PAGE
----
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Appraiser Trainee Field Education

Discussion in 'Appraisal Education' started by Julio E. Sune Jr. (FL), May 25, 2005.

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  1. Julio E. Sune Jr. (FL)

    Julio E. Sune Jr. (FL) Senior Member

    9
    Jan 16, 2002
    Professional Status:
    Certified Residential Appraiser
    State:
    Florida
    http://www.workingre.com/workingre/trainee...uble-online.htm

    A solution for trainee training???

    "This would relieve some of the financial burden from mentors who want to follow the rules, and make it easier for trainees to find an office where they can complete their experience hours and learn their trade."

    :fencing: :fencing: :fencing: :question: :question: :idea:
     
  2. Carnivore

    Carnivore Elite Member
    Supporting Member

    45
    Jan 15, 2002
    Professional Status:
    Certified Residential Appraiser
    State:
    North Carolina
    Julio,

    It makes sense and it would get rid of people who are not looking for a career.

    One of friends son is home from Virginia Tech where he is studying to be a Civil engineer. He will be a senior next year and is actively looking for an internship this summer. We know people and have put him onto several possibilities. Several of the internships will pay him nothing, absolutely nothing. The other one involves a lot of travel and they will pay his expenses and a small, very small salary.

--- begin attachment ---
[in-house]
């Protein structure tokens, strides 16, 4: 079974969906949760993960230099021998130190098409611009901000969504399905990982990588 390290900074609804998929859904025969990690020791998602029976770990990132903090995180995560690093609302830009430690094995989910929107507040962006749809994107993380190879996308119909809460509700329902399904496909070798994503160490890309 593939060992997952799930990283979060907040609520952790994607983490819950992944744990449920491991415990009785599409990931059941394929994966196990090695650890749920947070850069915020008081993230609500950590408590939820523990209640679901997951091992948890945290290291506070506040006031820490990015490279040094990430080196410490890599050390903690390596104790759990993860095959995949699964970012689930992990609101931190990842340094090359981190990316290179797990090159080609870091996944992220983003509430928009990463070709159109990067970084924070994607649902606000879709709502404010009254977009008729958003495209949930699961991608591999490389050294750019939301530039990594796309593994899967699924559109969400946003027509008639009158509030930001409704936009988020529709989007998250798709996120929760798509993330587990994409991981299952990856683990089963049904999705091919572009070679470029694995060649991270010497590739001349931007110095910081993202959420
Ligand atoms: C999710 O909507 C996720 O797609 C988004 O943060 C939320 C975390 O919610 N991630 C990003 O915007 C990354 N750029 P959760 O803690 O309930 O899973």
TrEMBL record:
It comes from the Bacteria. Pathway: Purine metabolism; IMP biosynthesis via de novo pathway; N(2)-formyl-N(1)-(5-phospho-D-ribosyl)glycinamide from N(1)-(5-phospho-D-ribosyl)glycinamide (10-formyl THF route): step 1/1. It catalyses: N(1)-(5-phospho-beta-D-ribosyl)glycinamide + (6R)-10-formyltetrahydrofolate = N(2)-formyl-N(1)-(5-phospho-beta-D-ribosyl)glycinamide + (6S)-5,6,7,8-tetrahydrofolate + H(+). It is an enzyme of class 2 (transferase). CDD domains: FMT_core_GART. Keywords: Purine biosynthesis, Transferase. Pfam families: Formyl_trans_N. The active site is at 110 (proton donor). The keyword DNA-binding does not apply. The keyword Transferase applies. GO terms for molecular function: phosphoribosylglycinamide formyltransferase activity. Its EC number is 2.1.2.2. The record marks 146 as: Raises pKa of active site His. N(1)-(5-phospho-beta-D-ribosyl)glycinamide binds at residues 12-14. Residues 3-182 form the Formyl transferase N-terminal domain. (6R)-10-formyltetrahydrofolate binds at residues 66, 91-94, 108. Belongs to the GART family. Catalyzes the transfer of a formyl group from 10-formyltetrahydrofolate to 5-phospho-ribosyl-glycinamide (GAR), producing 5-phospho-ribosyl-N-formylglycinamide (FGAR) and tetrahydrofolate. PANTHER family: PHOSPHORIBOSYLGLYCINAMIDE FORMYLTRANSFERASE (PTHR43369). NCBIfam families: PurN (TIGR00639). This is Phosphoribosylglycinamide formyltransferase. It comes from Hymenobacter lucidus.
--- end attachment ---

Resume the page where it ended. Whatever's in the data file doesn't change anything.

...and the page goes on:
He can hardly wait to get in on just any of them. He wants and needs the experience. He is looking for a career as a professional.

    Medical students many times work for nothing, I think they call it clinic. Its a requirement for there Degree.

    Doctors work massive hours 7 days a week for very little money. Tey ar professional and are looking for a career in medicine.

    I am sure there are other great examples.
     
  3. Pamela Crowley (Florida)

    Pamela Crowley (Florida) Elite Member

    5
    Jan 13, 2002
    Professional Status:
    Retired Appraiser
    State:
    Florida
    IMO, an Associate Degree program in real estate appraisal would be MUCH better than anything else suggested so far.

    Classes would include ANSI, all the supplemental guidelines, extensive construction and repairs 'recognition', how to read and understand surveys and legal descriptions, easements, variations of the forms of ownership and how they relate to value, qualified and unqualified sales, narrative report writing, lots and lots of case studies, and much more.
     
  4. Wendy

    Wendy Senior Member

    0
    Feb 23, 2004
    Professional Status:
    Certified Residential Appraiser
    State:
    Florida
    Ditto what Pam said, only I would like it to be a 4-yr degree. A business core of finance, management, statistics, and economics w/ specific appraisal classes.

    A 1-week class and a fee to the state does not an appraiser make. All that does is create clueless trainees who are sucked into sweat shops. There is no incentive for good certs to take on trainees because they take so much time and money to train.

    Give us trainees who have a small clue (degree in appraising) then let them get field trained. Or better yet, make field work part of the degree. Teachers spend time in a real classroom. Nurses spend time in the hospital. Heck, HAIR STYLIST spend time doing real hair cuts before they get a paper from the state.